By Kevin Bogardus - 02/05/13 04:46 PM EST
Mark Irion, the former CEO of Dutko Worldwide, has signed on to help lead the strategic communications firm Levick.
Irion will start as president at the firm on Friday, and told The Hill he’s eager to adopt Levick’s wide-ranging approach to advocacy, which includes digital campaigning, issue advertising and media relations.
"I'm really excited by Levick because of what we can to do in so many different areas," Irion said.
The hire is another sign that the influence industry is no longer defined by the shoe-leather work of walking the halls of Congress and talking to lawmakers, which is the calling card of Irion’s former employer.
"The heart of what we did at Dutko was the direct conversation with decision-makers. We really tried to evolve what it meant to be a lobbying firm by adding in all of the other public policy disciplines," Irion said.
“Our business model here will definitely be dynamic. A decision like that will definitely be client-driven. I will definitely never rule anything out. We are absolutely going to be supporting a lot of lobbying efforts,” Irion said. “I'm anticipating most right now is working with lobby firms and law firms who are hired to do the LDA work and we will help them run the most effective campaigns.”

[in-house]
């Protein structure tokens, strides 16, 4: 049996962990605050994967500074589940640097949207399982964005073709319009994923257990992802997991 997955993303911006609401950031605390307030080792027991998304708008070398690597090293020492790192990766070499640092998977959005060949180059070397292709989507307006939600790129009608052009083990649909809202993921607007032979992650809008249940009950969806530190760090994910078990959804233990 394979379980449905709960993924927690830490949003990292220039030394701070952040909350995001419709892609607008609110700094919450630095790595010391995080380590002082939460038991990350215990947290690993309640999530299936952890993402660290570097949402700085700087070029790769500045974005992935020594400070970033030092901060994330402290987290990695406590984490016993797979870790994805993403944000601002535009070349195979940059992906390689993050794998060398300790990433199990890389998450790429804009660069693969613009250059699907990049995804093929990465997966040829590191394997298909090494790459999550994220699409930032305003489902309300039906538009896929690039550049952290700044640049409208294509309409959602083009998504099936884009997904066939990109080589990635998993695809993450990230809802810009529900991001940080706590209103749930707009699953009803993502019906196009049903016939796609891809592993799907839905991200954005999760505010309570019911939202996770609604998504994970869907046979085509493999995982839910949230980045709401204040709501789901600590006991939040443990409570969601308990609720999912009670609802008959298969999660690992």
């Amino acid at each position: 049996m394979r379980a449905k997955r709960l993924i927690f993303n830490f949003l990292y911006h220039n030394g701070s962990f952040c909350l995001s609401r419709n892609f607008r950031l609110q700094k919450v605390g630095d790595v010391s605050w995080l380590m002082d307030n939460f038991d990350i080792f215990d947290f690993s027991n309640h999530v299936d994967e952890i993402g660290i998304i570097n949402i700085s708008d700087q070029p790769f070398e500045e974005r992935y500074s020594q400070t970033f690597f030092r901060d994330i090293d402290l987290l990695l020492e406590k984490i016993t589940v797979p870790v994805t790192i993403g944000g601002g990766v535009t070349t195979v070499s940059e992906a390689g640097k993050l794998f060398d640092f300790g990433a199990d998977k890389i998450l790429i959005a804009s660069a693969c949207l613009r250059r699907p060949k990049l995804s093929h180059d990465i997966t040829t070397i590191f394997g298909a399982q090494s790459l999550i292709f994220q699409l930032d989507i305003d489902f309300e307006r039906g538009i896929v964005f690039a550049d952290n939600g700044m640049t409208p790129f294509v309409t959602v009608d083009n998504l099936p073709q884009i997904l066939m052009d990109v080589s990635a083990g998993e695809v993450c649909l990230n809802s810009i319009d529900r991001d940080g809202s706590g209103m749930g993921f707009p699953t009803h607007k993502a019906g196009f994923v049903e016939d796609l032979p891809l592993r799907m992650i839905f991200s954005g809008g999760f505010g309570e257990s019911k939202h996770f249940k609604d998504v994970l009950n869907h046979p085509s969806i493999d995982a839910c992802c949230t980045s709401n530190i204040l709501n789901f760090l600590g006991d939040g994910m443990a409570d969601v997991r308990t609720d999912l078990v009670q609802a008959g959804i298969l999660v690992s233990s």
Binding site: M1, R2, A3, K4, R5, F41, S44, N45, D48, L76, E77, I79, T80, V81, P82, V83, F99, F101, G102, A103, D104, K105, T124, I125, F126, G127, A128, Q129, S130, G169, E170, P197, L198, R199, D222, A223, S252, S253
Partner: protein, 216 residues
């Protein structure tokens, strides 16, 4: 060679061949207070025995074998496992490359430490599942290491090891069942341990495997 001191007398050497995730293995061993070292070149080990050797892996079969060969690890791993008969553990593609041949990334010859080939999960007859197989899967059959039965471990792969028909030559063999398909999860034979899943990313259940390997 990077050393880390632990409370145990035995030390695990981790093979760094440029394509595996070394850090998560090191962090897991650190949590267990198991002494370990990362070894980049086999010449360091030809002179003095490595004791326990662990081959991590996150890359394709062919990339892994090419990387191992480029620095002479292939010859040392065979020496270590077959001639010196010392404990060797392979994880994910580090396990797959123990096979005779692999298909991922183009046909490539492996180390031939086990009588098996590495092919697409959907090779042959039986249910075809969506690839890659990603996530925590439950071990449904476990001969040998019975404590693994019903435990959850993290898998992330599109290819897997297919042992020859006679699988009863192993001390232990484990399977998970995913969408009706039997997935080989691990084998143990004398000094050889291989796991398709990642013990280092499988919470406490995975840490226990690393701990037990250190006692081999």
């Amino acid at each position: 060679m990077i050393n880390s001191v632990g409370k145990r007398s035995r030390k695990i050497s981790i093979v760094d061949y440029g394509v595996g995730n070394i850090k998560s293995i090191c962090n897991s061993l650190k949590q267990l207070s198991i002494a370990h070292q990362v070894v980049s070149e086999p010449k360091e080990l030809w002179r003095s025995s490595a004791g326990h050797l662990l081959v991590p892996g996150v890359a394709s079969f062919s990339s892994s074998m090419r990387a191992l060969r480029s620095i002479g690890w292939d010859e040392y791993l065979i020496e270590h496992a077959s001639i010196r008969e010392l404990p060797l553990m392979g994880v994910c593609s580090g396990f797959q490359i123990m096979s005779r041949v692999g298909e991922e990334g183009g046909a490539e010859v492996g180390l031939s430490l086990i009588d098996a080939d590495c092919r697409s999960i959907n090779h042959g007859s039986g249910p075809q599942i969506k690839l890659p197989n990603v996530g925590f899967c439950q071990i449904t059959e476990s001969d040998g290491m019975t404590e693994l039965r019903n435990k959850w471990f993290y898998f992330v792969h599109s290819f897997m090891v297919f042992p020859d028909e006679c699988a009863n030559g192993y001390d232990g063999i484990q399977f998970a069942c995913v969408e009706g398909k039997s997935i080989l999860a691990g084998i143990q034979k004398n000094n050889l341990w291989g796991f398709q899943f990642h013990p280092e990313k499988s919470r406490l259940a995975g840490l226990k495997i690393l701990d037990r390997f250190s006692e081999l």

Levick’s chief executive said he believes Irion will help grow the firm.
“Having built this company from the ground to where it is today, I know Mark has the leadership and experience to take this firm to where it will be in the next decade because his track record in this town speaks for itself,” said Richard Levick, CEO and chairman of the firm, in a statement.
Irion, a former aide to ex-Sen. Alan Dixon (D-Ill.), first joined Dutko in 1990 and would go on to become its president in 1996 and then its CEO in 2003. After Huntsworth bought the firm in 2009 and later merged it with public relations firm Grayling, Irion took charge of the firm’s public affairs and public relations.
Irion left Dutko Grayling in early 2012.
Dutko has struggled to maintain its lobbying revenue in recent years. The firm earned $9.5 million in lobbying revenue for all of 2012 — a drop from its $11.3 million take for 2011.
Levick, in contrast, appears to be an up-and-coming shop that is looking to hire. The firm recently brought on former Rep. Steve Bartlett (R-Texas), the former head of the Financial Services Roundtable, as a strategic policy adviser.
Irion said Levick is able to connect to lawmakers and administration officials through its advocacy campaigns, using the Internet and issue advertising as well as talking to the press.
“What Levick brings to that is the ability to connect all those networks linked to the decision-makers,” Irion said.
He said Levick will be using several tools for its campaigns, including focusing on the use of Web video in advocacy campaigns since that attracts more interest online.
“One of the things you are going to see us do more is video because using video makes it 57 times more likely you are at the top of the search,” Irion said. “That is just one new tool for advocacy campaigns.”